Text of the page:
What Financial Firms Can Learn From Medical Research

Jennifer Lewis Priestley, Ph.D.FLOCK Notes

The great statistician John Tukey once quipped “The best thing about being a statistician is that you get to play in everyone’s backyard.” The broader meaning of this quote is that computational methods that work in one discipline have (frequently unexpected) applications in other disciplines. For example, in medical research, a common technique used to mitigate issues which may occur when patient treatment cannot be ethically randomized, is called “propensity score matching”1.

While practitioners of consumer credit risk modeling are rarely interested in the kinds of experimental design controls needed in medical research, there is an application of this process which has the potential to create value in a financial context. Specifically, we can use this process to match accounts with known financial performance (e.g., repayment) to accounts under consideration, where future performance needs to be predicted and the risk associated with these accounts needs to be quantified. In other words, propensity score matching is an alternative to traditional account scoring and has shown promise in predicting payment performance over time.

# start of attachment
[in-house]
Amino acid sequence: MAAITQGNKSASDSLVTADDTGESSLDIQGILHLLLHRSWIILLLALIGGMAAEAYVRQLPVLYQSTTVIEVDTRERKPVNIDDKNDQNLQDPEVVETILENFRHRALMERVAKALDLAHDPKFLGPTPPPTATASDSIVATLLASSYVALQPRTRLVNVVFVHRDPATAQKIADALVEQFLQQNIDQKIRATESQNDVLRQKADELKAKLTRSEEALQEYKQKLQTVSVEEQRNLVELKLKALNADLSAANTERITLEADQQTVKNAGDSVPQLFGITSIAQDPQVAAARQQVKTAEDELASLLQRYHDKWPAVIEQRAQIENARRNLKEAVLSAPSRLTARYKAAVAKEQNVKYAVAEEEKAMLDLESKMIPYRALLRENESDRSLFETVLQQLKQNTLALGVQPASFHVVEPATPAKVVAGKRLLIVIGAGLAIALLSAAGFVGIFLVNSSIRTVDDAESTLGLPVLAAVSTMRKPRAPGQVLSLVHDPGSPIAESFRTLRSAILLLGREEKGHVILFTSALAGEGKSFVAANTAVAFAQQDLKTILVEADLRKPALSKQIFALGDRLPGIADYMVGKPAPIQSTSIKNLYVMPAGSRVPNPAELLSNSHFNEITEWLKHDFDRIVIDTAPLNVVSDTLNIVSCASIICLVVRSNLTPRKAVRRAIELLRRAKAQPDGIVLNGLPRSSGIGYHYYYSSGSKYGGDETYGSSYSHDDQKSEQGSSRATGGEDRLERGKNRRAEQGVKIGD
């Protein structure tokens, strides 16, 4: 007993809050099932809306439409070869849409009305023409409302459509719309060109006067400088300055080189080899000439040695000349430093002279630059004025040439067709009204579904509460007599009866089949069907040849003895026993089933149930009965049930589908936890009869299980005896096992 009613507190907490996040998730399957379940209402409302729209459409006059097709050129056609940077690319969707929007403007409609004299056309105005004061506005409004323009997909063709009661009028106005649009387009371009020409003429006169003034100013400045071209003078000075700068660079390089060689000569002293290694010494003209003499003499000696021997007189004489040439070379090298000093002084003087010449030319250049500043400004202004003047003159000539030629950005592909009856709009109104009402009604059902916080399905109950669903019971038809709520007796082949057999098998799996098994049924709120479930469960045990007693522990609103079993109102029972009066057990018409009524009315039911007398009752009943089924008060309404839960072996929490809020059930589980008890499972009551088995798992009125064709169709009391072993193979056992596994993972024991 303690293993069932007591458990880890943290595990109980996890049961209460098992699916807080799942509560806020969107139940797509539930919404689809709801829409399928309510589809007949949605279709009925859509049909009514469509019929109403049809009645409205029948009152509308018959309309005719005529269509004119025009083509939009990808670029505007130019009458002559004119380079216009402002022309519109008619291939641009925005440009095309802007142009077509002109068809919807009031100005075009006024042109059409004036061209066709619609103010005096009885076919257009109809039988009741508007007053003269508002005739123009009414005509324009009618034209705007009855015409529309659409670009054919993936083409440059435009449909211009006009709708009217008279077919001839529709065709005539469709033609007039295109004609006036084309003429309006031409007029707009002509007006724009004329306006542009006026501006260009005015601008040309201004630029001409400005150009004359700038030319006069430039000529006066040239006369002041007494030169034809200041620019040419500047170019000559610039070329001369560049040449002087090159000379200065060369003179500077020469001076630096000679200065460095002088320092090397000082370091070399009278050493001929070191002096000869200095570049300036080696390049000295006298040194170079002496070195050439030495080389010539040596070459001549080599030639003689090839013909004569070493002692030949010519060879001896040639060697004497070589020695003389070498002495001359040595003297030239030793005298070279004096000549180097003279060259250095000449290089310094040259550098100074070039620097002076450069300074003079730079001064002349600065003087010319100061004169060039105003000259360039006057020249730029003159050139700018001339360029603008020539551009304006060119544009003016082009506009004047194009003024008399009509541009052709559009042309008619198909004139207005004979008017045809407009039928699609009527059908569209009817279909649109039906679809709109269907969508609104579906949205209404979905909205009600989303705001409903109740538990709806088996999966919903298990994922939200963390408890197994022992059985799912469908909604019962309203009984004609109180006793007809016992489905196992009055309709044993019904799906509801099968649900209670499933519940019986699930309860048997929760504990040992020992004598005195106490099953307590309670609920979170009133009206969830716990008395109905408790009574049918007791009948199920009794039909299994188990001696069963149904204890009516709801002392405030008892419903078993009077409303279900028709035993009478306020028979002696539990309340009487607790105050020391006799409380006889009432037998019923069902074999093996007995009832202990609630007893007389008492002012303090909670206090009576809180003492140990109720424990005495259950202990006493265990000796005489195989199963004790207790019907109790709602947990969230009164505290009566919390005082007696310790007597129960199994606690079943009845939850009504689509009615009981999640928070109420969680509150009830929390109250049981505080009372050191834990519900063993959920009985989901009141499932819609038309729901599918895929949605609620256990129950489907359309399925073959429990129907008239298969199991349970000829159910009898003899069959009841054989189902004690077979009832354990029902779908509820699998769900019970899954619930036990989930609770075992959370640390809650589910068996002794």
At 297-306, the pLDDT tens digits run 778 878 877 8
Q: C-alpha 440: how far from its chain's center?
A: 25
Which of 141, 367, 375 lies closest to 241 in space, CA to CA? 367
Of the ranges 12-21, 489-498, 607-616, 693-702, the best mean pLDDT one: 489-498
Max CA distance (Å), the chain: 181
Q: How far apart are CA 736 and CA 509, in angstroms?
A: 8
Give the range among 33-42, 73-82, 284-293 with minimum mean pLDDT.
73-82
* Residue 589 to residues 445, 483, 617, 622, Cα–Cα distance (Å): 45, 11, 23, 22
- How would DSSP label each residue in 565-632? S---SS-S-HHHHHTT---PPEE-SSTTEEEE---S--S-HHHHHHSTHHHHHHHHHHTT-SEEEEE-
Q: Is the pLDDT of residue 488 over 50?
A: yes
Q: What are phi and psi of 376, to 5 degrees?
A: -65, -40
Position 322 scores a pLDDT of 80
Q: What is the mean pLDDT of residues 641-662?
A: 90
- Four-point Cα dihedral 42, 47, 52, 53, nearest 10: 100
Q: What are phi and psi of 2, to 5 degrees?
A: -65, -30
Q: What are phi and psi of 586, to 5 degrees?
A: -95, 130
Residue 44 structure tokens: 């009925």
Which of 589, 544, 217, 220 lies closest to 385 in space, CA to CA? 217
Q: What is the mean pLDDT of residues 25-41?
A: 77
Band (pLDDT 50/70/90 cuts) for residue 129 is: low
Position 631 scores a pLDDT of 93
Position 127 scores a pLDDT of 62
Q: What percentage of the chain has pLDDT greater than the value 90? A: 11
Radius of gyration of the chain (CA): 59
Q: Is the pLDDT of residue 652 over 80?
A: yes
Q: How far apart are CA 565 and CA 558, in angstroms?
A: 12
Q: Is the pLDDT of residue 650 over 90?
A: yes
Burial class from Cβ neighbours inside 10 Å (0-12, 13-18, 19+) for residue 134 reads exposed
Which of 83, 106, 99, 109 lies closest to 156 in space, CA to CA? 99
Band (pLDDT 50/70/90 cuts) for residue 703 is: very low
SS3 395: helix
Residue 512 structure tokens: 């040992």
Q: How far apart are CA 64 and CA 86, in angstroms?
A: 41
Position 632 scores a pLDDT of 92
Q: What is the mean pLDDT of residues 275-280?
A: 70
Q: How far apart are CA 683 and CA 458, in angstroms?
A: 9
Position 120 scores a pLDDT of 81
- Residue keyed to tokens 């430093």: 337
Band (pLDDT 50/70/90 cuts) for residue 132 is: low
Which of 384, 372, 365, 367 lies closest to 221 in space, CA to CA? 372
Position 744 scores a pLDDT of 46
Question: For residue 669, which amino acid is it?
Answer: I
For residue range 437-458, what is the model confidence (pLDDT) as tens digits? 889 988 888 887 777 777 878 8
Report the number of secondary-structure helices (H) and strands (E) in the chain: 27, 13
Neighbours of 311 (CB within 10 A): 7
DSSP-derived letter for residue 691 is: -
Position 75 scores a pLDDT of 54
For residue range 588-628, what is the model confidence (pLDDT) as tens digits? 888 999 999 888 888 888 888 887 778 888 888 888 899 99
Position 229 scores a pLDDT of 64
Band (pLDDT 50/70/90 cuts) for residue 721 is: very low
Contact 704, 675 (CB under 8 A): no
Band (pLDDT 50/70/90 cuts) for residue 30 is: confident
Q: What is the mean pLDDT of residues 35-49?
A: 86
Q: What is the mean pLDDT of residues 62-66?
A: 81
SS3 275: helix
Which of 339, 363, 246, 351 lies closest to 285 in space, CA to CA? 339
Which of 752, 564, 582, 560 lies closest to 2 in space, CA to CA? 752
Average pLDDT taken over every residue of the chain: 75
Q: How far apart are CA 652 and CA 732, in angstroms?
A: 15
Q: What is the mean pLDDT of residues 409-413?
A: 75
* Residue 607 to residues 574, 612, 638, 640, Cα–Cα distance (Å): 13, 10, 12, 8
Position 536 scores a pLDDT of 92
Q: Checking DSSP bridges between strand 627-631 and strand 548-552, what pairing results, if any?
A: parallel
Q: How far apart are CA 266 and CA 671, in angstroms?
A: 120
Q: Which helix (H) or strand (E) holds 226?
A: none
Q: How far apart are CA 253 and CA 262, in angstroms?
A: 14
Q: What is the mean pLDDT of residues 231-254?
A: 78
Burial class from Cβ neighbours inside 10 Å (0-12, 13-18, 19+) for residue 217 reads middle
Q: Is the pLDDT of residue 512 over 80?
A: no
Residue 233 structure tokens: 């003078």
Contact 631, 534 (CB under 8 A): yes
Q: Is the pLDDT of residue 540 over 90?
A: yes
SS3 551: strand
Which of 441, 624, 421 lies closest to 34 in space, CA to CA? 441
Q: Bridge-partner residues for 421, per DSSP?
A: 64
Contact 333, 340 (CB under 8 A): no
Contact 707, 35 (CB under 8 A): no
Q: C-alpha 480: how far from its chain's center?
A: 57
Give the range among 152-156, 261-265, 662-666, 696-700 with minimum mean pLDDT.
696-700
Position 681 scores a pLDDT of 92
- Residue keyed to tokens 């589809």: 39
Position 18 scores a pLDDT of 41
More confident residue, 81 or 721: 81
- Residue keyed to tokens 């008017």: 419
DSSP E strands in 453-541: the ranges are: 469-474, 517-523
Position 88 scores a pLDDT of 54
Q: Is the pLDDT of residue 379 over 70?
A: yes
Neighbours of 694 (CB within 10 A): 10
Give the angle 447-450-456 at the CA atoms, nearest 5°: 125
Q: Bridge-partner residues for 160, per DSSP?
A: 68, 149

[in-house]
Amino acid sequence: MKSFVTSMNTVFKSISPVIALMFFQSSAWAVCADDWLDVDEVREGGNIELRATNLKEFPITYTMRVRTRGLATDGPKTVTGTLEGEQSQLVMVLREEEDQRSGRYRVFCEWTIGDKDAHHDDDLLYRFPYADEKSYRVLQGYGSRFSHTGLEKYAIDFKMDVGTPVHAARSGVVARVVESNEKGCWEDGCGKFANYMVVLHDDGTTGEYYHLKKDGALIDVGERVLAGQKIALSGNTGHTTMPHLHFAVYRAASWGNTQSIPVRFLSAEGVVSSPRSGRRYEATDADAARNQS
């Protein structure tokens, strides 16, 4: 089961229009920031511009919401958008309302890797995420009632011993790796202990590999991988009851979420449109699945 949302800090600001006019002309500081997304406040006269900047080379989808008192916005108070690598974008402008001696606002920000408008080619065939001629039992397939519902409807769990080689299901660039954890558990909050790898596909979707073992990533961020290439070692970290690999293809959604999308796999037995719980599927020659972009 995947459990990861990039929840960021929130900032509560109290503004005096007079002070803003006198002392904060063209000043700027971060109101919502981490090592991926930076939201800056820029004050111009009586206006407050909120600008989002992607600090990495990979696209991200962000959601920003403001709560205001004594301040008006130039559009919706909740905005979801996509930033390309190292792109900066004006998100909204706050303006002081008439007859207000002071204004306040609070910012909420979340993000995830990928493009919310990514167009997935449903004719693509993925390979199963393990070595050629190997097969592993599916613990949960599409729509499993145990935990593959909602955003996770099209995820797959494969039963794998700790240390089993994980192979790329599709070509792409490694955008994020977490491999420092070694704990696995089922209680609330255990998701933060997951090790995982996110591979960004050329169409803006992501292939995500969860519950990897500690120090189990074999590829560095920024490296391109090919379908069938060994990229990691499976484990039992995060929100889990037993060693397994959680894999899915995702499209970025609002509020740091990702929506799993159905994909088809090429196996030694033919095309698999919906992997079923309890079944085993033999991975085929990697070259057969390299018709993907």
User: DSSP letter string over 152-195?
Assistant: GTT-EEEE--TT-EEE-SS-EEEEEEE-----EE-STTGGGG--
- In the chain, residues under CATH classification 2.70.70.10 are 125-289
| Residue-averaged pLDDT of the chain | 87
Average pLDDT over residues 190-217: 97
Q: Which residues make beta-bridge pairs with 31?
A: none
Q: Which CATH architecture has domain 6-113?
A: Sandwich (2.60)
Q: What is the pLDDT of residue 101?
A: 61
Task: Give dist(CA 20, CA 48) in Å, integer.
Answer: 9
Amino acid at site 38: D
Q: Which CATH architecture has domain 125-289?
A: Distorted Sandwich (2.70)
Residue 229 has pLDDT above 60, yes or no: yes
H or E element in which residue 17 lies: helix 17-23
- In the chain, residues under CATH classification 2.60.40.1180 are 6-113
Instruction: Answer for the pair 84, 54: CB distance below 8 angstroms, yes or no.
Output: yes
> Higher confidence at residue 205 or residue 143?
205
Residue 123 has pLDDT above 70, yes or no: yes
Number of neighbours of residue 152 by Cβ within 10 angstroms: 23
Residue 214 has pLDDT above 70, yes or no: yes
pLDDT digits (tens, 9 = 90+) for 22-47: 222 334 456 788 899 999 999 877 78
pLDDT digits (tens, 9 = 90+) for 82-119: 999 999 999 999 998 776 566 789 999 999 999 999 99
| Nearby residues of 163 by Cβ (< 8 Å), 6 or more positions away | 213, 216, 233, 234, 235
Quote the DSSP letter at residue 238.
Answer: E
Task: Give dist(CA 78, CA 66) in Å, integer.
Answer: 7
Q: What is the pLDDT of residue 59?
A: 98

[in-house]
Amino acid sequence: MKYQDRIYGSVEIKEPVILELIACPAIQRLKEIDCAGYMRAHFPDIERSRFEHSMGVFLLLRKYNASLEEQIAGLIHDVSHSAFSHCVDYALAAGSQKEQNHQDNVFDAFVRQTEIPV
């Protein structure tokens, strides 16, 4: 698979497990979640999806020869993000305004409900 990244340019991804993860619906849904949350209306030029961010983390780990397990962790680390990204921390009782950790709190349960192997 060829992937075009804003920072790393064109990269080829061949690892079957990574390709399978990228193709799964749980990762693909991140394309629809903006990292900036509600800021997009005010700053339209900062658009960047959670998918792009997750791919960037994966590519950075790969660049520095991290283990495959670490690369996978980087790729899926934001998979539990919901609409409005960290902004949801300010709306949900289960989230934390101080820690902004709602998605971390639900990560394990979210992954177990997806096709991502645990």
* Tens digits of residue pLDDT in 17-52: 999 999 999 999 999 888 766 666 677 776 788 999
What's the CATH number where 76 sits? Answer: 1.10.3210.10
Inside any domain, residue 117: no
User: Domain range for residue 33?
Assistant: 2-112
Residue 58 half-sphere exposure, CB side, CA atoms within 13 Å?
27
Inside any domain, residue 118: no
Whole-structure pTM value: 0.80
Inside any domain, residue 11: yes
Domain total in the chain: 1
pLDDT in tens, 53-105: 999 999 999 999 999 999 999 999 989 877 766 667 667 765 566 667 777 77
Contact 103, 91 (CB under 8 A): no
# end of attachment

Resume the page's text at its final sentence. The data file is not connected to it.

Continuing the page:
Using historical account-level data from our FAAzE data platform, FLOCK Specialty Finance is piloting a wide range of data science and computational methodologies like propensity score matching to enhance and broaden the way we think about pricing and risk. Integrating evolved analytical approaches like propensity score matching into our risk modeling approach is part of FLOCK’s commitment to our investors and to our clients…to be more than a transaction.

For more information about FLOCK Specialty Finance, contact Jennifer Lewis Priestley, CDO (jpriestley@flockfinance.com)

[1] journals.lww.com/ccmjournal/Citation/2023/03000/Outcomes_and_Adverse_Effects_of_Baricitinib_Versus.1.aspx